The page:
Design for building an inclusive and resilient residential aged care workforce
The design of the physical environment is recognised as having a significant impact on of the wellbeing of older people living in Residential Aged Care
Image: Luca Bravo
While the effects of environmental workspace design on the health, productivity and performance of aged care workers are increasingly being recognised, research has largely focused on supporting the aged care workforce via: staffing strategies, regulations, work design, new models of care, and not on the environmental workplace design. In 2016, a University of Melbourne Hallmark Ageing Research Initiative (HARI) seeding grant provided the opportunity for a multidisciplinary team of design, workforce, ageing researchers and a Residential Aged Care (RAC) facility to explore the characteristics of RAC workplace design that contribute to building an engaged, inclusive and resilient RAC workforce.
The research was conducted at one RAC facility in Victoria, Australia and involved three qualitative research approaches including photo-elicitation; follow up group discussions with RAC staff; and individual interviews with senior facility Directors.
We found that key workspace design features affect how RAC staff feel, function and perform, including: a home-like environment, access to outdoor spaces; indoor quality environment; and access to safe, open and comfortable workplaces. The research resonates with earlier studies on ‘comfort in the workplace’, and specifically with an internationally recognised Environmental Comfort Model that suggests workers require physical, functional and psychological comfort in their workspace environment in order to perform work tasks optimally.
This research has led to a Commonwealth Department of Health Dementia and Aged Care grant application, which proposes to trial and evaluate the Environmental Comfort Modelwithin RAC facilities. Given the increasing complexity, demands and projected scale of the aged care workforce, this research can define workspace comfort principles and guidelines to support workers within all Aged Care facilities.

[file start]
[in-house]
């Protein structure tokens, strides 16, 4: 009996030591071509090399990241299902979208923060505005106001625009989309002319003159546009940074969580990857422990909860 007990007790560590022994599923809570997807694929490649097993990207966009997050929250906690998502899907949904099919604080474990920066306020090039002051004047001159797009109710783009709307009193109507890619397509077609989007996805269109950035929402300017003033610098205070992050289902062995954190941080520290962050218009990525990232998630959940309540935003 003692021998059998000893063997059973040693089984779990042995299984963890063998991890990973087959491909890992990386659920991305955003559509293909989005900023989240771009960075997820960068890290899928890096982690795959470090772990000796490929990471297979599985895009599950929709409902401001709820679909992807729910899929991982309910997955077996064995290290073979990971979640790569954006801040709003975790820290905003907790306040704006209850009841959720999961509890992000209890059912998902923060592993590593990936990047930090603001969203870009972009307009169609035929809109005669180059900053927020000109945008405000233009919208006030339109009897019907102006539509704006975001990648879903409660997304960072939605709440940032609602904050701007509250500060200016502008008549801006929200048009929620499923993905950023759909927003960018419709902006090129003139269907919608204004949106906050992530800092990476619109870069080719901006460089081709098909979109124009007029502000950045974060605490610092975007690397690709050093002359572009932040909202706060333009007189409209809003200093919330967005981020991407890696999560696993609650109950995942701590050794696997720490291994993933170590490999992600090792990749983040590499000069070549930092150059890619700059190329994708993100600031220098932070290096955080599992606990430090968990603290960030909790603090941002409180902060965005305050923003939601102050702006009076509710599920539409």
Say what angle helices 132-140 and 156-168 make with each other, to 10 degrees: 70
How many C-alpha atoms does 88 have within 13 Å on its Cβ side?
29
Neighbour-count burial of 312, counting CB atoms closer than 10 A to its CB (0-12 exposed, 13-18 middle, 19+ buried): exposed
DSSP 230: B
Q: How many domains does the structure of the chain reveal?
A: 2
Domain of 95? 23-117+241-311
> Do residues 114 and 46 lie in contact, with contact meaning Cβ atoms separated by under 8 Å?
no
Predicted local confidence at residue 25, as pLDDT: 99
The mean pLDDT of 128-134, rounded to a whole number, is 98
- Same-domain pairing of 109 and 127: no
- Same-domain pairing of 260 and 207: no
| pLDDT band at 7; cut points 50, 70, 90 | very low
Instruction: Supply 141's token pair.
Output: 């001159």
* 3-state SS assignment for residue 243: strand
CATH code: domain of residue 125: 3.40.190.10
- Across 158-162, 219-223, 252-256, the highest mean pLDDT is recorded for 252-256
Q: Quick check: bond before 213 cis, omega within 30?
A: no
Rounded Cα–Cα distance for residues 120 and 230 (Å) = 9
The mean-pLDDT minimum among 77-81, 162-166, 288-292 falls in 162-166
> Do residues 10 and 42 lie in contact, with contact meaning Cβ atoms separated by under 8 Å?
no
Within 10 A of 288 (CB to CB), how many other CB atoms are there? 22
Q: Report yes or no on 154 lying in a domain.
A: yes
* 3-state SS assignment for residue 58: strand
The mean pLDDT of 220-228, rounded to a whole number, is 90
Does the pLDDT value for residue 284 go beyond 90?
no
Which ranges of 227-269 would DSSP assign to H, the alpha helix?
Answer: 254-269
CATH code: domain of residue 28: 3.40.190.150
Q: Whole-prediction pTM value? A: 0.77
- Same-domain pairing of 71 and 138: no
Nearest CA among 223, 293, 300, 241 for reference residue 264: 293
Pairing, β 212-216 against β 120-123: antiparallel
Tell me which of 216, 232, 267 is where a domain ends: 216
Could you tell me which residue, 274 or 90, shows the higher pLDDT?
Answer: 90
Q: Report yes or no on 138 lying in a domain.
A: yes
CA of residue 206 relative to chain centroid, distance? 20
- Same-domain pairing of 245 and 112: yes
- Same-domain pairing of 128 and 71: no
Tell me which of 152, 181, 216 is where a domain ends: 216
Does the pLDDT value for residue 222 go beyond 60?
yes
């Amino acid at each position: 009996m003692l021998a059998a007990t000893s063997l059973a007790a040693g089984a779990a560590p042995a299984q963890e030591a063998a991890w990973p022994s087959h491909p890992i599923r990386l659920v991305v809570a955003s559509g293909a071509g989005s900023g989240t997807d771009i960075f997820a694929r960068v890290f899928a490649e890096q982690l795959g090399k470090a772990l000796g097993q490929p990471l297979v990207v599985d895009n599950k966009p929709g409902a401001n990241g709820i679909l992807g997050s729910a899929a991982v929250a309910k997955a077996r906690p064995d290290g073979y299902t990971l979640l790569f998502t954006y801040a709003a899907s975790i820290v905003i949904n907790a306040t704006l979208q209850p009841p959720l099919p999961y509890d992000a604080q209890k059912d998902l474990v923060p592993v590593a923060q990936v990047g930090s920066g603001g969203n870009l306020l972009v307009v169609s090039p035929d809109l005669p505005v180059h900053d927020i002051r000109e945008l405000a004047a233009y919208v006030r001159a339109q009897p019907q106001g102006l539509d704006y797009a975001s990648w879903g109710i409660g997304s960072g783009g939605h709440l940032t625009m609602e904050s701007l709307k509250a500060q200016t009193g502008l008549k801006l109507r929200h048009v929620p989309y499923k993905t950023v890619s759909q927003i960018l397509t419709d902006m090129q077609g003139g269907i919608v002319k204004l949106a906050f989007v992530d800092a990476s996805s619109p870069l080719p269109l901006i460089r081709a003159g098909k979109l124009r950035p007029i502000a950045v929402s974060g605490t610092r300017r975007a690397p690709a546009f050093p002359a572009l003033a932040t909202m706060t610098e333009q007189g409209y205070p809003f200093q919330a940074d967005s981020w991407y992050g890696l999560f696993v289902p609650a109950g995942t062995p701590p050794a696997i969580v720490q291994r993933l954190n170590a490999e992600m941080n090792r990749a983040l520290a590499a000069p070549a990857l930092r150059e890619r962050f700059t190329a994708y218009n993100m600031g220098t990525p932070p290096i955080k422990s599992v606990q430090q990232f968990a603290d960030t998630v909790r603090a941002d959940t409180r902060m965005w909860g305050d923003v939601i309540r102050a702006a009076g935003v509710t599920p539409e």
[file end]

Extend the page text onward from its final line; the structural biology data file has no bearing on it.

- Dr Lucio Naccarella, Senior Research Fellow, Health Systems and Workforce Unit, Centre for Health Policy, Melbourne School of Population and Global Health, The University of Melbourne
- A/Professor Clare Newton, Associate Professor in Learning Environments, Faculty of Architecture, Building and Planning, The University of Melbourne
- Professor Alan Pert, Director of Melbourne School of Design, The University of Melbourne
- Dr Ruth Williams, Research Fellow, Centre for Workplace Leadership, Faculty of Business and Economics, The University of Melbourne
- A/Professor of Ageing Briony Dow, School of Population and Global Health and Director National Ageing Research Institute
- A/Professor Kurt Seemann, Director, Centre for Design Innovation, Faculty of Health Arts & Design, Swinburne University of Technology
- Kate Sellick, Director, People And Communications Director, Estia Health
[Source: Lucio Naccarella, Senior Research Fellow, Health Systems and Workforce Unit, Centre for Health Policy, Melbourne School of Population and Global Health, The University of Melbourne]